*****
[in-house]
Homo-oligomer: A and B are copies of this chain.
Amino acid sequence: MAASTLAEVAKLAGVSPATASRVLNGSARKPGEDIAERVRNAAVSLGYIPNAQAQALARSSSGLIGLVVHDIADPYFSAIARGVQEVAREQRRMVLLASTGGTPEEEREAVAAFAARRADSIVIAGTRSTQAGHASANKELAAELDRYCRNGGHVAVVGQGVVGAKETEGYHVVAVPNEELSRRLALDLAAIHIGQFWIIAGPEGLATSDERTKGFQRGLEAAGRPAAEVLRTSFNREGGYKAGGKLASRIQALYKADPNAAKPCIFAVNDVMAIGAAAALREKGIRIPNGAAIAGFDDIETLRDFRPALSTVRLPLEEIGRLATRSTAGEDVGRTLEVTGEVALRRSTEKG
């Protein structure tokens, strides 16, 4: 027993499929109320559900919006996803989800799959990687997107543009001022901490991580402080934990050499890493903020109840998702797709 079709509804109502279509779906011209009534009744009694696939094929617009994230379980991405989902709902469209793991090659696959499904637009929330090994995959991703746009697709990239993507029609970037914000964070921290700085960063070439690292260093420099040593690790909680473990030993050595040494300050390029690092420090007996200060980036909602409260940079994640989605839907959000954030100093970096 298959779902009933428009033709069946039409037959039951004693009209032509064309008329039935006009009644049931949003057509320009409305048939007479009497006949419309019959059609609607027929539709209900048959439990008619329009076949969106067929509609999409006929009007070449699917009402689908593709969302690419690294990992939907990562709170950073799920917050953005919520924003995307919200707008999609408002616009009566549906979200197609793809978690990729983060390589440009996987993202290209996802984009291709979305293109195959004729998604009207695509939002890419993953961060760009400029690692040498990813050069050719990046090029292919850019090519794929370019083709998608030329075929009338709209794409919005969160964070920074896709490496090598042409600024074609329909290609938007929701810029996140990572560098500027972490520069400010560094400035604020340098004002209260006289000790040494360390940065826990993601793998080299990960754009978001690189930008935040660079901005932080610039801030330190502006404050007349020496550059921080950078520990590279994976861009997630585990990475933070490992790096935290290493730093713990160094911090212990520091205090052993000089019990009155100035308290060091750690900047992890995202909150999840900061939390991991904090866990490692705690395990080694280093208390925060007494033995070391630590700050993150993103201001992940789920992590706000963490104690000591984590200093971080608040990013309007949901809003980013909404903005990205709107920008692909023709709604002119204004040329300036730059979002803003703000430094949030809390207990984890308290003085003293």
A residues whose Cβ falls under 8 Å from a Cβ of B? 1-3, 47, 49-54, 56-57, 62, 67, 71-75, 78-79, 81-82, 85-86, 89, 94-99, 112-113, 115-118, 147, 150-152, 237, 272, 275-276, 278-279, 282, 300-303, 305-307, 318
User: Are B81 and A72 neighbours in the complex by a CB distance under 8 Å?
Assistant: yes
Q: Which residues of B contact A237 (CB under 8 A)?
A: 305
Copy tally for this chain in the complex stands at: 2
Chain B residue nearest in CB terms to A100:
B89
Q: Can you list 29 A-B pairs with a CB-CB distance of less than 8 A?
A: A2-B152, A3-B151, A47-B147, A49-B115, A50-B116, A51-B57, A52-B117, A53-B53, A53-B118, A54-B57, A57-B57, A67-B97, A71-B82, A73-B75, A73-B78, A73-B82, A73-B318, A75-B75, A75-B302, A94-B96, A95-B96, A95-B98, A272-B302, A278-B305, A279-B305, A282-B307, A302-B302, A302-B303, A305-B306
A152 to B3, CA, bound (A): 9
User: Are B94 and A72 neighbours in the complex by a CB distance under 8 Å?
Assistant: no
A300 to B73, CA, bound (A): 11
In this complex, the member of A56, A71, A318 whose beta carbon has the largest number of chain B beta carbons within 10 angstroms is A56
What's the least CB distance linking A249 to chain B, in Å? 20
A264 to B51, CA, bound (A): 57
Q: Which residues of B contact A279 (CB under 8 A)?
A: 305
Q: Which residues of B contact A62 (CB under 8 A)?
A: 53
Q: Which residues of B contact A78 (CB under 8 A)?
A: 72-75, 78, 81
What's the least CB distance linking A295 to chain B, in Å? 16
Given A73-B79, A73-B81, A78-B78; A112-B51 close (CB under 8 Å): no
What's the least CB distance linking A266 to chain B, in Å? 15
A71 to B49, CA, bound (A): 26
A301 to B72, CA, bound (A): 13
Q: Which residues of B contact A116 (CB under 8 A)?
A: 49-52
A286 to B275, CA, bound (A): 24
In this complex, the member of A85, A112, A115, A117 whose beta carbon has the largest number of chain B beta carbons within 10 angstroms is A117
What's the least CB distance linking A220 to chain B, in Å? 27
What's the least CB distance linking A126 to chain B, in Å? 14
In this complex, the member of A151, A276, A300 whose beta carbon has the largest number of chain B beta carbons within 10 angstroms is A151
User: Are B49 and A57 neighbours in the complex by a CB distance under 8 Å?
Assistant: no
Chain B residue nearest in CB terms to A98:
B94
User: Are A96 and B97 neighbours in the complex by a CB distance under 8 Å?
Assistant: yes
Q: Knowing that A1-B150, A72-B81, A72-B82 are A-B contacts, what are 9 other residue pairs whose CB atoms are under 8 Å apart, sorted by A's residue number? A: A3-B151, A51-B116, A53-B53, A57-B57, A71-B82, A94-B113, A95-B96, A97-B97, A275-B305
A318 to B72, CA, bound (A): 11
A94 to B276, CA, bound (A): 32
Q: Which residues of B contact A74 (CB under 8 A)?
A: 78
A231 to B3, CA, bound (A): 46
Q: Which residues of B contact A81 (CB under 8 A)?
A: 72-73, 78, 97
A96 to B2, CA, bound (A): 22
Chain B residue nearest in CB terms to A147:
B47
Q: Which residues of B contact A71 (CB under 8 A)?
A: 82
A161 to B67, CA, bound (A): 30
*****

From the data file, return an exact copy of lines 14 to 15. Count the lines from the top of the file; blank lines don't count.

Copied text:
A: A2-B152, A3-B151, A47-B147, A49-B115, A50-B116, A51-B57, A52-B117, A53-B53, A53-B118, A54-B57, A57-B57, A67-B97, A71-B82, A73-B75, A73-B78, A73-B82, A73-B318, A75-B75, A75-B302, A94-B96, A95-B96, A95-B98, A272-B302, A278-B305, A279-B305, A282-B307, A302-B302, A302-B303, A305-B306
A152 to B3, CA, bound (A): 9